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Two weeks after the first presidential debate, its expansive waves continue to shake the electoral waters. The polls published this week are evidence of the impact the post-debate has in vote intentions.

1.) According to, AMLO maintains leadership and has a 16-point advantage. Nevertheless, the Morena coalition suffers unrest derived from the candidate’s poor performance in the debate, which showed his vulnerability.

This would explain the angriness and even aggressiveness of López Obrador, who has revived the theme of a conspiracy against him, accusing a handful of businessmen and even president Peña Nieto. He shifted from an affable stance to accusations such as “influence traffickers,” predatory minority, and “privilege of giving orders.” Two months away from the election, AMLO’s bad temper, in addition to his dispute with the private sector and civil society, raises alarms about his intolerance and antidemocratic disposition.

On the origins of the Venezuelan crisis, Harvard professor Ricardo Hausmann points out that attention should be paid to the confrontational discourse of the “people” against the “elites." Without doubt, a timely warning.

2.) Popular consensus declared Ricardo Anaya the debate winner. Although he did not knock out López Obrador, he did fulfill the expectations of his performance. His 4-point rise in the polls seems to bring him back into the race, after a bump in the road caused by reports of alleged money laundering against him.

As part of his repositioning, the candidate has started calling for strategic voting in his favor. The doubt, nonetheless, is if he will manage to get close enough to the lead to give his call credibility.

3.) In third place after the debate, the PRI candidate José Antonio Meade changes his course to revive his candidacy on the road to the second debate on May 20, 2018. The relay of Enrique Ochoa by René Juárez seeks: one, to dampen Ochoa’s bellicose attitude; two, incorporate the pure priism that had been relegated by campaign’s first circle; and third, that the state, local, and federal and local congress campaigns not suffer the same fate.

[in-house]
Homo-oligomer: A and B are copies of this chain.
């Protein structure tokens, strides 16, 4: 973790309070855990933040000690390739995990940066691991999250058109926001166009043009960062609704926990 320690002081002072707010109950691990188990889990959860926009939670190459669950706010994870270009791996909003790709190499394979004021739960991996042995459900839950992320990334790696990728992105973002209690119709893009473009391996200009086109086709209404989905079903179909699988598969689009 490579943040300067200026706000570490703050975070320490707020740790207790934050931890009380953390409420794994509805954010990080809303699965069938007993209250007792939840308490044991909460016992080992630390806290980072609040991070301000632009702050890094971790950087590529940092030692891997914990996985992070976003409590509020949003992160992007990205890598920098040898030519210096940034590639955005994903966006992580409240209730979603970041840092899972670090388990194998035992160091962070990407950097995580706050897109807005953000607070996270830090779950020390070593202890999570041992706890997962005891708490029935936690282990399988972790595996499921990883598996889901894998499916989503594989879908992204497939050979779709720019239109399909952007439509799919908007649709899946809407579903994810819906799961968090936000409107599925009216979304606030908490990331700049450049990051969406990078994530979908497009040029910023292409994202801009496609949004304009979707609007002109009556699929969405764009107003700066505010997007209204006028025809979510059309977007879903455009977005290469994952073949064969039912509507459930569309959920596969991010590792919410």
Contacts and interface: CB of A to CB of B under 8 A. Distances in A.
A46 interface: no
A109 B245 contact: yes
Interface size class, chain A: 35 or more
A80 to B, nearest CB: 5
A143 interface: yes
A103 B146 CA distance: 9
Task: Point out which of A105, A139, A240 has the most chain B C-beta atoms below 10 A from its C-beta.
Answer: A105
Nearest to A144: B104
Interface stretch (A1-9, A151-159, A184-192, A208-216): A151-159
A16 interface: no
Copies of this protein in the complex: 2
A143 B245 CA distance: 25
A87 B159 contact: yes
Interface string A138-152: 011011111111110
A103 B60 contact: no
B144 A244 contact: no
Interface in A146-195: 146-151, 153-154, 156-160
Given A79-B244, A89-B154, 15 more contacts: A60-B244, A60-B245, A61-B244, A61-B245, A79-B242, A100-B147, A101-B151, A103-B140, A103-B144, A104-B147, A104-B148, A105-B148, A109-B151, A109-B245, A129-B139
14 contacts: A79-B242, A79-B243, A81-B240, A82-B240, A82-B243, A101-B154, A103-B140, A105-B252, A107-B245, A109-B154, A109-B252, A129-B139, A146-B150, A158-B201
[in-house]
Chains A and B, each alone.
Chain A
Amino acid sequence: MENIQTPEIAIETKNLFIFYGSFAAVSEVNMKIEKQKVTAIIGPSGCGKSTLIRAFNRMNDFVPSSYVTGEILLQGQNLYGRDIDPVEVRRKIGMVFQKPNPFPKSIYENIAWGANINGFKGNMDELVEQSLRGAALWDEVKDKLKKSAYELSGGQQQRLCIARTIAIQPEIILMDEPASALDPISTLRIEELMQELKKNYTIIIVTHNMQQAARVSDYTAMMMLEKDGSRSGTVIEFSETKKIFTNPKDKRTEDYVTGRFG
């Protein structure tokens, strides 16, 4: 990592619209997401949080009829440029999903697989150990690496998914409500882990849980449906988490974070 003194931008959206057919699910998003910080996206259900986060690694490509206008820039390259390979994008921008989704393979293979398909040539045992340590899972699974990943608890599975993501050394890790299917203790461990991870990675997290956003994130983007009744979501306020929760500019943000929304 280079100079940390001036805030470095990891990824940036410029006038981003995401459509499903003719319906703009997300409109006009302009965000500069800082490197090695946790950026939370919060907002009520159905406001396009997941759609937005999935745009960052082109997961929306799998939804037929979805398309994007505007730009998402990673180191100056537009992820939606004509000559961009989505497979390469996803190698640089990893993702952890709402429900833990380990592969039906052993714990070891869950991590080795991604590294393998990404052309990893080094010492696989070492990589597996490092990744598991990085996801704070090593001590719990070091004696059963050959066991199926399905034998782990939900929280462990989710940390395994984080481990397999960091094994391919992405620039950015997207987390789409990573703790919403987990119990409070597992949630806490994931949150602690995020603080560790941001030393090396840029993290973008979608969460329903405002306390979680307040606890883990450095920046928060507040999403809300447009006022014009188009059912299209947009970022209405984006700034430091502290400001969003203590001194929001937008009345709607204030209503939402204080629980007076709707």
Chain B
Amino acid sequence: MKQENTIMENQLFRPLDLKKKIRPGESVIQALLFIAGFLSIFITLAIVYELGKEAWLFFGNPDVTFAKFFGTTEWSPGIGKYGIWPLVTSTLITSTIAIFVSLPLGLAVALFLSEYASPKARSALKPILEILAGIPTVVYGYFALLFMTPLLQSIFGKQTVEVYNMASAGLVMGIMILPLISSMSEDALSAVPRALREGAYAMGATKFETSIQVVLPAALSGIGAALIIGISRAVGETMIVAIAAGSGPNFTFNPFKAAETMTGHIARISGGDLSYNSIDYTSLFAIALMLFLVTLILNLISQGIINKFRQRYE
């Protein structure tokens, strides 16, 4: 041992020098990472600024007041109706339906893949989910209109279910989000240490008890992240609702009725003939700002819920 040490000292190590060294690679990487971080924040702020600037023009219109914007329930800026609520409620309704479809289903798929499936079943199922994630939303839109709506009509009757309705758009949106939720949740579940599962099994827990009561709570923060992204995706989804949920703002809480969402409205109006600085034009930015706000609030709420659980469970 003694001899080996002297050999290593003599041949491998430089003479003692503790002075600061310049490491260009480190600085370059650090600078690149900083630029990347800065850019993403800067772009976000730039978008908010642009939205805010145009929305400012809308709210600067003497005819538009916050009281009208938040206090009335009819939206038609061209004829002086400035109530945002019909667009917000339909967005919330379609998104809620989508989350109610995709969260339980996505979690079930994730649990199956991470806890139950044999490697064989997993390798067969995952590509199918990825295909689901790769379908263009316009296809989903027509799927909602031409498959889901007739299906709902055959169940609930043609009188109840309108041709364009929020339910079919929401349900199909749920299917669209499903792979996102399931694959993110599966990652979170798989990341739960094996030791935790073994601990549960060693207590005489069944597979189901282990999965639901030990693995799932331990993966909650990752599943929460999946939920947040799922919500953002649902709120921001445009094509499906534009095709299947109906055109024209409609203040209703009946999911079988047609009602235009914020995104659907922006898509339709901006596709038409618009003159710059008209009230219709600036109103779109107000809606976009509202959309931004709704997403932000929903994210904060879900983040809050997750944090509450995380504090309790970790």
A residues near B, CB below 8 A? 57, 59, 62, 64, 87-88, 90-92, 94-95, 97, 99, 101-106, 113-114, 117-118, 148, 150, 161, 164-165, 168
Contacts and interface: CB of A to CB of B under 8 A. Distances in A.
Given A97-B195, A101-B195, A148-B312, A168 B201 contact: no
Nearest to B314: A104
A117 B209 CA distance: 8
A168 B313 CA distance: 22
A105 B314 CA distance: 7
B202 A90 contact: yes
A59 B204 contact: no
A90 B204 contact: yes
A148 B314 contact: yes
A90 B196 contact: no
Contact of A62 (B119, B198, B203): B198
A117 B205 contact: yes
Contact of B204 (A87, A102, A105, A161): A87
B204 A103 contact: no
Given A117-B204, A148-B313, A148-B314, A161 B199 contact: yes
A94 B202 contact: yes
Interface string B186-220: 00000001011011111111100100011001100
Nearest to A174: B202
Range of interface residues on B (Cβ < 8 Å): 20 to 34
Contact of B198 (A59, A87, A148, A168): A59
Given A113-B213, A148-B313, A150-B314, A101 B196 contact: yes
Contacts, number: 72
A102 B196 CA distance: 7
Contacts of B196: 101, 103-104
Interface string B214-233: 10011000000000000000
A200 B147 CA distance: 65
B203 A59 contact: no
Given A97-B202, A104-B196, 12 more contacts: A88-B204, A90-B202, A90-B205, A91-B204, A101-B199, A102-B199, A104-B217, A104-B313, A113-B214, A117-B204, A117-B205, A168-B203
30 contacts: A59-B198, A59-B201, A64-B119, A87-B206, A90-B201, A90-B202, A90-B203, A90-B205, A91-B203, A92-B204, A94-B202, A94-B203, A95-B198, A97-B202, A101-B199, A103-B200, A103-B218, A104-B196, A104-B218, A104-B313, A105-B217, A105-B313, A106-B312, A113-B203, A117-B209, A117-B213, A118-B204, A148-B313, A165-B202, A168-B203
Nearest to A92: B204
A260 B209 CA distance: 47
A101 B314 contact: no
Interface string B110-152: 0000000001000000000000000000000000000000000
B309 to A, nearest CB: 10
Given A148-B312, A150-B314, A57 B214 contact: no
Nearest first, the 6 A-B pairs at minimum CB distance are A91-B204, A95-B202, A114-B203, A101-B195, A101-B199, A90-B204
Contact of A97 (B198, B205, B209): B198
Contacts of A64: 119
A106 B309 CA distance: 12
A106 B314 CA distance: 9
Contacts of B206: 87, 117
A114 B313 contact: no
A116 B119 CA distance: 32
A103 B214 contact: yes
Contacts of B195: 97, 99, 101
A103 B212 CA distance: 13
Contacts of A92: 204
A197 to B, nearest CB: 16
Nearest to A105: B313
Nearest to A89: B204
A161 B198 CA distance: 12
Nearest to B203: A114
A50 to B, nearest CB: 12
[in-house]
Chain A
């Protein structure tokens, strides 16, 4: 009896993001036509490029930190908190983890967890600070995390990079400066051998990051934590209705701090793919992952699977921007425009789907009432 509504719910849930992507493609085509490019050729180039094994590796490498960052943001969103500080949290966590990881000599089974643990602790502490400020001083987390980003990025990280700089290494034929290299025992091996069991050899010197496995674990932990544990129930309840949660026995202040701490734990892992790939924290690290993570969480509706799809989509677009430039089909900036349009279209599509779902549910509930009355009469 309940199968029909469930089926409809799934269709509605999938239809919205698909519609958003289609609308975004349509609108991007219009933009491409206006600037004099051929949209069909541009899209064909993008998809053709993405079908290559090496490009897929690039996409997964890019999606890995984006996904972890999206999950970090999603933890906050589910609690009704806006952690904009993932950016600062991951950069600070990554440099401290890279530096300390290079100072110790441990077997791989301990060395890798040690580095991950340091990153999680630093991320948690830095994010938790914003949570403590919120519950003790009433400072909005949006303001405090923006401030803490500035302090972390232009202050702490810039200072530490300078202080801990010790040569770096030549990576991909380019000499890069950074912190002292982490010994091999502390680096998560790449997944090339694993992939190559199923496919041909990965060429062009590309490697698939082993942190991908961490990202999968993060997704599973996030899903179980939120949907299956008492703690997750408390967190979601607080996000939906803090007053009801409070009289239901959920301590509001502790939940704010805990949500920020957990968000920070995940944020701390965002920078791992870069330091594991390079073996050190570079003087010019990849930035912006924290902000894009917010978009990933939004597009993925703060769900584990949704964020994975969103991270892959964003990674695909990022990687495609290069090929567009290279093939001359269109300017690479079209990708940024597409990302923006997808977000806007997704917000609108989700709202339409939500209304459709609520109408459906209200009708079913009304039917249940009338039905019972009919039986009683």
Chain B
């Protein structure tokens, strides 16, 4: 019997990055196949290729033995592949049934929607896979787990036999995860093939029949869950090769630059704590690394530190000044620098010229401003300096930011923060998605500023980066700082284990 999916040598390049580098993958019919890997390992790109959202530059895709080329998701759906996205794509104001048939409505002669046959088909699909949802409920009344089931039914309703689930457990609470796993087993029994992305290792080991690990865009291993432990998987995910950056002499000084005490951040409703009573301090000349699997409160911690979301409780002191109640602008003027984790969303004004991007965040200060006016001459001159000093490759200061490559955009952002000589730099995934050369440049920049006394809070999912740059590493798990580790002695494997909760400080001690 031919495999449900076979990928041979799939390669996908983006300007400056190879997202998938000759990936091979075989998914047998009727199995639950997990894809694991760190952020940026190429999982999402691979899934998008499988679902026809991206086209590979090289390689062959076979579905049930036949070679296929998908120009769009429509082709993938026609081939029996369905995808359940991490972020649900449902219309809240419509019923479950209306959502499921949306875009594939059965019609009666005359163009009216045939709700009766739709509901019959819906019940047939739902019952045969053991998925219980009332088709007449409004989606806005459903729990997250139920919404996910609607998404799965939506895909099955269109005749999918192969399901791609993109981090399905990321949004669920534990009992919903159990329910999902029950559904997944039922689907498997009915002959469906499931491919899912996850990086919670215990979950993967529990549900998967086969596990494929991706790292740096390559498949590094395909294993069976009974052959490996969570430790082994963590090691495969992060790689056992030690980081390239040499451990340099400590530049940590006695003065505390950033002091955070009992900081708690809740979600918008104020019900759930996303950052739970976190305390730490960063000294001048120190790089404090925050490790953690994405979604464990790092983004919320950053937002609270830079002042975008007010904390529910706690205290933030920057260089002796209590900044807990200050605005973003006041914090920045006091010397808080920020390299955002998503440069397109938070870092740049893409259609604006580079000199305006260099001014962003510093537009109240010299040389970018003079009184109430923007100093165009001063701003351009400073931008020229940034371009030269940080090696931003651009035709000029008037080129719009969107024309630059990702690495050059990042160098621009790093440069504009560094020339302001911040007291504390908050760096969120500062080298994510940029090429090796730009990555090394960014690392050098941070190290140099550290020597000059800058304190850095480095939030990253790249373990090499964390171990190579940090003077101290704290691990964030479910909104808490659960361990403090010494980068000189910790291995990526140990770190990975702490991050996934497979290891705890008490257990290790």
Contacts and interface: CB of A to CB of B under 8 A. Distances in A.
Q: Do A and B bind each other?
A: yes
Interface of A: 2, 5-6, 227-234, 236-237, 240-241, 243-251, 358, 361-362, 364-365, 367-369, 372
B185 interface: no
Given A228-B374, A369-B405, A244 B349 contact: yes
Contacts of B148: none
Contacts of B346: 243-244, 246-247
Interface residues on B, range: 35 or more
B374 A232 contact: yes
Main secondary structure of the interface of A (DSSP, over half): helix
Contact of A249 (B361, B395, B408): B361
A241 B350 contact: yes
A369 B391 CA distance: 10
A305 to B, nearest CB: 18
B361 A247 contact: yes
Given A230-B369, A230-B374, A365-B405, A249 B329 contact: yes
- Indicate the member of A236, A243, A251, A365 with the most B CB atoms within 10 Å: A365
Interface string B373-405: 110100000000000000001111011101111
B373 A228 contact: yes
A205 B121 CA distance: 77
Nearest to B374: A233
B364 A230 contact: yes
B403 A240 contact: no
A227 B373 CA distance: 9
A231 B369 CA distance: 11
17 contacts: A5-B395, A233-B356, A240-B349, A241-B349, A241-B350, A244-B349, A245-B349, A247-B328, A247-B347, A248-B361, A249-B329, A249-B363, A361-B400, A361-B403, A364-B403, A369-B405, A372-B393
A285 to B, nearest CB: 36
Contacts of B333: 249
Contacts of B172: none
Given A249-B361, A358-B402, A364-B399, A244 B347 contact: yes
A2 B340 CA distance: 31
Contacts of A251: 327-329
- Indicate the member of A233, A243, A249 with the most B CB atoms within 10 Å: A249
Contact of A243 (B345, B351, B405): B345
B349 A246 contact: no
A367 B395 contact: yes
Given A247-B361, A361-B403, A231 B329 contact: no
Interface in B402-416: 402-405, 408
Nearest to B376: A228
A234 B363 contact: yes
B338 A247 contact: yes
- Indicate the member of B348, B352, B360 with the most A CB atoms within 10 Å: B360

4.) The independents Margarita Zavala and El Bronco accomplished their goal. Margarita has accomplished this feat without resources or TV spots. It remains to be seen if she will join efforts with the PAN or will end up facilitating López Obrador’s triumph.

El Bronco brought animation and excesses to a debate that broke audience records, but he did not even snatch one point from el Peje.

I concluded my previous column saying that after the first debate we could speak of an entirely different election. Everything indicates this held true.

This views expressed here are solely those of the author.

About the Author

Verónica Ortiz-Ortega

Political Analyst, El Economista and Canal del Congreso
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Mexico Institute

The Mexico Institute seeks to improve understanding, communication, and cooperation between Mexico and the United States by promoting original research, encouraging public discussion, and proposing policy options for enhancing the bilateral relationship. A binational Advisory Board, chaired by Luis Téllez and Earl Anthony Wayne, oversees the work of the Mexico Institute.   Read more